Fire-ravaged hotel 'must be restored'

A TOWN watchdog has led calls for the “tragic ruin” of a prominent Georgian hotel to be returned to its former glory - five months after it was destroyed by fire.

Dave Gooderham

A TOWN watchdog has led calls for the “tragic ruin” of a prominent Georgian hotel to be returned to its former glory - five months after it was destroyed by fire.

As police chiefs continue their painstaking investigation into the arson attack on Sudbury's Tarantella Hotel, fears have been voiced about the future of the fire-ravaged building.

Community leaders and former residents have joined forces to call for work to begin as it emerged police were no longer treating the hotel as a crime scene and so restoration work could take place.

Barry Wall, chairman of Sudbury History Society, said: “We are very concerned about the situation but I think everyone is.

“The Tarantella was pretty much the first building you saw when you come into Sudbury and it did make an attractive gateway.

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“It is a good example of an early Victorian building and it also had a good historical factor. But it is now just a tragic ruin and the longer it is left the more it is going to deteriorate.

“I would hope to see it back to its former glory but if it is not going to be restored as a hotel, it should be put back on market and sold as a private home.”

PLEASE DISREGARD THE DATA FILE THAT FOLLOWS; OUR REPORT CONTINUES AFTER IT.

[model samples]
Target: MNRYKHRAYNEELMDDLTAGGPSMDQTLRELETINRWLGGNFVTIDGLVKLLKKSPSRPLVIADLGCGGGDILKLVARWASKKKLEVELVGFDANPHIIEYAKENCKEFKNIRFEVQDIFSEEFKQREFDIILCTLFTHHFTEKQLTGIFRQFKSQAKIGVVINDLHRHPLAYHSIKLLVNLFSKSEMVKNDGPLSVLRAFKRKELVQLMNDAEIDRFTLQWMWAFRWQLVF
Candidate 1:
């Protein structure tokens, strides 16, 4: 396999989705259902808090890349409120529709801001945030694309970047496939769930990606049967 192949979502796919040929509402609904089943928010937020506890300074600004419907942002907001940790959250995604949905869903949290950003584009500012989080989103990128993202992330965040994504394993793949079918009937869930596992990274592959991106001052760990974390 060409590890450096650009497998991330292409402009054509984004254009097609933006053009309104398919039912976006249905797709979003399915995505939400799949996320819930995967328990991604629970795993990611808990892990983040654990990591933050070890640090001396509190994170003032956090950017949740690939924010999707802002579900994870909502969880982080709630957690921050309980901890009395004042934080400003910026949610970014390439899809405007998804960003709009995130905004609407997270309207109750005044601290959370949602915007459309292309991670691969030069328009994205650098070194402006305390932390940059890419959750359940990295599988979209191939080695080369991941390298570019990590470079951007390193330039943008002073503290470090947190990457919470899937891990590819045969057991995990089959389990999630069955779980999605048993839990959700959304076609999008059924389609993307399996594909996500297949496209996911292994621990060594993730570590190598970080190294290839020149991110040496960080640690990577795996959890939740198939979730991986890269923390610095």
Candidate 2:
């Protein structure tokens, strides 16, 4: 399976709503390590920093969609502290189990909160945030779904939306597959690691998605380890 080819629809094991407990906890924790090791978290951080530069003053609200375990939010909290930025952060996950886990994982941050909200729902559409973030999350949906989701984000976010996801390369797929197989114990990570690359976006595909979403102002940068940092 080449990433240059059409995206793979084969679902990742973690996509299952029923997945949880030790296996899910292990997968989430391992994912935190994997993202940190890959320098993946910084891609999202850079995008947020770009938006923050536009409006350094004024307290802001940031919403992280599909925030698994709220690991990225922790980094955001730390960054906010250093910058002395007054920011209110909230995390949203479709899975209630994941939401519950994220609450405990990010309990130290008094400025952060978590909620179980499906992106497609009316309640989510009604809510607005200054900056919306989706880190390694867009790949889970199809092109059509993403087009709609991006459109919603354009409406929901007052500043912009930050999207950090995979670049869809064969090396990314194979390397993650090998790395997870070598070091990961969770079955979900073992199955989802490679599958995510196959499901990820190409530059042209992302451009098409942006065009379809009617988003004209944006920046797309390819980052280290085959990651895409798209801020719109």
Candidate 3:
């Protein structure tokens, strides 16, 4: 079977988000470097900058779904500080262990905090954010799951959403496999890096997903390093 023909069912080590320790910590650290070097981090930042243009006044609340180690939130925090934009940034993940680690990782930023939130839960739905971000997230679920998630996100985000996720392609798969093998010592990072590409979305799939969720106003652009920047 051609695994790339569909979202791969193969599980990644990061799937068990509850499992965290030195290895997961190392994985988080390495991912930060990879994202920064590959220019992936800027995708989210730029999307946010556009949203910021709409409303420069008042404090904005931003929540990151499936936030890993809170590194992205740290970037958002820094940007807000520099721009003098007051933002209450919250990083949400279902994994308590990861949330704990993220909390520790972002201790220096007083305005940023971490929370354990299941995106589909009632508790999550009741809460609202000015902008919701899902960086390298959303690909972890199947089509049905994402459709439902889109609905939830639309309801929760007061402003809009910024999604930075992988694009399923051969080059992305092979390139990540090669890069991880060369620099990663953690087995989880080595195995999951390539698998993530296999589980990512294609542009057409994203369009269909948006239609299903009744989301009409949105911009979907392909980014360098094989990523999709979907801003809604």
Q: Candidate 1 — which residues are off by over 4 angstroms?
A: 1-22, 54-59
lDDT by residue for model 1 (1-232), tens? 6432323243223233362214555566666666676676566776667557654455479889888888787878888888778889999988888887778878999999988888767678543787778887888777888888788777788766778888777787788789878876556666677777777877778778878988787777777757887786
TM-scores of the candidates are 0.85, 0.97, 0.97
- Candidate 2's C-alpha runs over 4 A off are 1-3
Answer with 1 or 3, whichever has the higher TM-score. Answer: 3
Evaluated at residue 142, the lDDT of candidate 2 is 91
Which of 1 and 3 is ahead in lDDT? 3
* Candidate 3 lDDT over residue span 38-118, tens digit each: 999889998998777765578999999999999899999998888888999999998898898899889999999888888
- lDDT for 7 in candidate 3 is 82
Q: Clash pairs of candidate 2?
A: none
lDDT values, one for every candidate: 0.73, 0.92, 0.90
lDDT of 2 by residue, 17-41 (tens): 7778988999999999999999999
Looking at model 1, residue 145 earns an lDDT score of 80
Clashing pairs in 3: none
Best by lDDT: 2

Joan Steed, whose grandfather George Whitehouse bought it in 1910 for just £10,000, backed calls for restoration work. She said: “I am concerned about what is happening as it all appears to have gone quiet of late.

“I would hope any kind of work would begin sooner rather than later and I would love to see it restored to its original state. For me personally, it is very sad seeing it in its current condition as my family lived there for nearly 50 years and I got married there in 1964.”

The hotel was deliberately destroyed on January 25 when more than 100 firefighters tackled the blaze. Investigators immediately feared the fire was suspicious after they discovered it had started in two separate parts of the hotel.

The owners of the hotel, Agnello and Domenic Gargiulo were last night unavailable for comment but speaking in February, Agnello told the EADT: “We remain hopeful that whoever did this will be caught but until someone is found I am not going to feel safe.”

A spokesman for Suffolk police confirmed investigations were ongoing but, as the hotel was no longer being treated as a crime scene, the owners were allowed to carry out any restoration work.

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